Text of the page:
California has more employees than any other state. And that number is projected to grow by nearly 40% by 2025.
The Golden State is a global hub for technology, biotech, arts and entertainment, agriculture and green energy. It’s also home to employee-friendly courts, aggressive administrative agencies and a vast and unique body of employment laws and regulations.
Obscure state and municipal laws further complicate areas of employment that already require watchful attention—such as pay and wages, discrimination and harassment, employee leave and reductions in workforce.
And incentives for whistleblowers and employee-led lawsuits and class actions heighten the risk for employers.
Our dedicated team of labor and employment attorneys in California guide our clients through this maze of laws so they can capitalize on the state’s abundant opportunities.
SHRM.com (Society of Human Resource Management) | May 08, 2018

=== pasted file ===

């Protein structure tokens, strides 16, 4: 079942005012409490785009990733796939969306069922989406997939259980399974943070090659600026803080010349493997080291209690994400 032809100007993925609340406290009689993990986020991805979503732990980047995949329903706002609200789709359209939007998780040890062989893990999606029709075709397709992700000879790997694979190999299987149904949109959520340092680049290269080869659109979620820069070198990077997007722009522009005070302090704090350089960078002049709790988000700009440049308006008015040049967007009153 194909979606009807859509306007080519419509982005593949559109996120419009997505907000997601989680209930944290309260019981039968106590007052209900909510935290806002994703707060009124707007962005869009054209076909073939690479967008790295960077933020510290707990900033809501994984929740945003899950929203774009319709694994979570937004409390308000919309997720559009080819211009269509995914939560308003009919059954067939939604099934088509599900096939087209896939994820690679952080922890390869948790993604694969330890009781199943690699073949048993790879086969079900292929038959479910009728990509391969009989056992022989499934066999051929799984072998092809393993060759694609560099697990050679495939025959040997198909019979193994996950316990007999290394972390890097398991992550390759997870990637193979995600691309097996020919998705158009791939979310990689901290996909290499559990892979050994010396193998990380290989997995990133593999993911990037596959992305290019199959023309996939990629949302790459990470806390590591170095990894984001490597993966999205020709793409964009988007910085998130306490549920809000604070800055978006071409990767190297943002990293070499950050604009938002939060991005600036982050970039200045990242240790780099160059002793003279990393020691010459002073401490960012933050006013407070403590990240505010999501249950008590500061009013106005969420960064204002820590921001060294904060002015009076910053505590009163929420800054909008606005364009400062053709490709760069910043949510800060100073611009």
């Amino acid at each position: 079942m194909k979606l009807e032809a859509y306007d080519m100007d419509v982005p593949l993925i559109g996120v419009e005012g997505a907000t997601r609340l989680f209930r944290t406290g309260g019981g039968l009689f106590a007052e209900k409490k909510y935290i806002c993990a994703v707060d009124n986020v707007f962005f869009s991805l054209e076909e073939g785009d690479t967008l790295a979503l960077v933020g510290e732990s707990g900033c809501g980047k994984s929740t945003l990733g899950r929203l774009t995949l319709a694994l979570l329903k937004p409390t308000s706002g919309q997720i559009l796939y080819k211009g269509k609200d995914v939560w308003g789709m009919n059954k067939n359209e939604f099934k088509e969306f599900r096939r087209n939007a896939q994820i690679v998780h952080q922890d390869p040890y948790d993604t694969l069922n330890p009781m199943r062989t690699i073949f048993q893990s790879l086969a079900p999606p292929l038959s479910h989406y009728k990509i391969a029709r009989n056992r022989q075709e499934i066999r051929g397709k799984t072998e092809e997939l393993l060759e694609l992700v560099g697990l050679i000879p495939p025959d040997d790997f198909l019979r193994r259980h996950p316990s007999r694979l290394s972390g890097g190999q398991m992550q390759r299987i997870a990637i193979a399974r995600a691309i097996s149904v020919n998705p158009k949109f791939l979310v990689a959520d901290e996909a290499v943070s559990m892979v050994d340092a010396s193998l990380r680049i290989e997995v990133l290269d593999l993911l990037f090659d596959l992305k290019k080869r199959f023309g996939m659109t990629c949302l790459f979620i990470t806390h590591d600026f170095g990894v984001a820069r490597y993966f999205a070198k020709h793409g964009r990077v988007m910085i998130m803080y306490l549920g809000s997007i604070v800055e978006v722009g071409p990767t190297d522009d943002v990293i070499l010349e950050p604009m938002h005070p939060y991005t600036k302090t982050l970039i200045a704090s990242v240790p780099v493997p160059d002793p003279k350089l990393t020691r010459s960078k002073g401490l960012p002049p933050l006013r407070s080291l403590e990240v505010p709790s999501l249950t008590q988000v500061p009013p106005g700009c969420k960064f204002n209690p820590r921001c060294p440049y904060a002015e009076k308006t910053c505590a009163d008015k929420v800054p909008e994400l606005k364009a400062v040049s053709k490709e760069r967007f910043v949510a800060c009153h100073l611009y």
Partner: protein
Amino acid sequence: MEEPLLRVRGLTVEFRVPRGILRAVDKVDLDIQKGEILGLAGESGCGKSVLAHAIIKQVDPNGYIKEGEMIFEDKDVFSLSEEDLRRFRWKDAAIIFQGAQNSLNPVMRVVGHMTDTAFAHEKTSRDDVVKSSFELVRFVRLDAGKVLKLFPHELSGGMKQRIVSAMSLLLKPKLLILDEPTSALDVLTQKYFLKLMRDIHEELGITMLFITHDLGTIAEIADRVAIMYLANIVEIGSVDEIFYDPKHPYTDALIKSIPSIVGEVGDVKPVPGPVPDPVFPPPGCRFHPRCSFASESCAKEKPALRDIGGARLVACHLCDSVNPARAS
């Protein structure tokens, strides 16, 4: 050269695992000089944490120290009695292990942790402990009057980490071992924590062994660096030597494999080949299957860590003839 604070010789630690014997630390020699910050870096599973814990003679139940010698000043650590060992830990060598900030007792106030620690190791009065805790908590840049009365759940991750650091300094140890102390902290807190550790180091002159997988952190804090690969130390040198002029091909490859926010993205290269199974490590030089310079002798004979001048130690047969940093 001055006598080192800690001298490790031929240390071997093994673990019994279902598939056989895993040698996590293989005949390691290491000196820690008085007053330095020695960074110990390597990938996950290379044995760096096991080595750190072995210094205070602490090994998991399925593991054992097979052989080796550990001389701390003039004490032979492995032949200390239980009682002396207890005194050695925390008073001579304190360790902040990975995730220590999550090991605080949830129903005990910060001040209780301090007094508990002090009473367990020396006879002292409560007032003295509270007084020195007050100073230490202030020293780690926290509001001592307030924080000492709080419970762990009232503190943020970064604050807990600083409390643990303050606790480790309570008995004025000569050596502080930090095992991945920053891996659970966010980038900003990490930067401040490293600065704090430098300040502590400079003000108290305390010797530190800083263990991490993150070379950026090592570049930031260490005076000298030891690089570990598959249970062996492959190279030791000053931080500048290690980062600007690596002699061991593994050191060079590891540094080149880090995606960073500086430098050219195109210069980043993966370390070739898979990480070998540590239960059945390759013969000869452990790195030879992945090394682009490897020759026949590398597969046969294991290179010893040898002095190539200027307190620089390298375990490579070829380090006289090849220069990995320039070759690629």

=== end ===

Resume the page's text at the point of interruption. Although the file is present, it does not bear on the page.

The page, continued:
San Francisco labor and employment partner Seth Neulight is quoted in this article analyzing a California Supreme Court case, Troester v. Starbucks, that could decide whether employers there must pay employees for ‘de minimis’ time—amounts of working time that are hard to track.
Bender’s California Labor & Employment Bulletin | September 01, 2017
Los Angeles labor and employment counsel Dale Hudson and associate Irene Scholl-Tatevosyan authored this article on California’s wage and hour mandates for employers.
Reuters | July 05, 2017
San Francisco labor and employment partner Bonnie Glatzer is quoted in this article about whether whistleblowers are entitled to sue their employers under the Dodd-Frank Act’s anti-retaliation provisions.
SHRM | March 28, 2017
Providence commercial litigation counsel Steve Richard contributed this article about a company’s efforts to remove a former employee’s anonymous online post which the company believed revealed company trade secrets.
Society for Human Resource Management | March 02, 2017
San Francisco labor and employment partner Jeff Tanenbaum is quoted in this article about proposed legislation in California to expand family leave eligibility to include caring for grandparents, grandchildren, siblings, domestic partners, in-laws and more.
Law360 | November 09, 2016
This article focuses on the labor and employment changes we could see in a Trump administration. San Francisco Labor & Employment partner Jeff Tanenbaum discusses the topic of equal pay.
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